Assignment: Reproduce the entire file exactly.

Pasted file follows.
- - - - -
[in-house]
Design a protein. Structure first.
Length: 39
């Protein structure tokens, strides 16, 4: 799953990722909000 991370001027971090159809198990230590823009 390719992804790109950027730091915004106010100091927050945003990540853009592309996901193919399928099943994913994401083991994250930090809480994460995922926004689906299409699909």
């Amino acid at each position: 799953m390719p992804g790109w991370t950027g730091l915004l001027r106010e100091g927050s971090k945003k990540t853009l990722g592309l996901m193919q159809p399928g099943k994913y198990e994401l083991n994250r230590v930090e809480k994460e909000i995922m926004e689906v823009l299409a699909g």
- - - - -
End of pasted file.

[in-house]
Design a protein. Structure first.
Length: 39
């Protein structure tokens, strides 16, 4: 799953990722909000 991370001027971090159809198990230590823009 390719992804790109950027730091915004106010100091927050945003990540853009592309996901193919399928099943994913994401083991994250930090809480994460995922926004689906299409699909």
């Amino acid at each position: 799953m390719p992804g790109w991370t950027g730091l915004l001027r106010e100091g927050s971090k945003k990540t853009l990722g592309l996901m193919q159809p399928g099943k994913y198990e994401l083991n994250r230590v930090e809480k994460e909000i995922m926004e689906v823009l299409a699909g």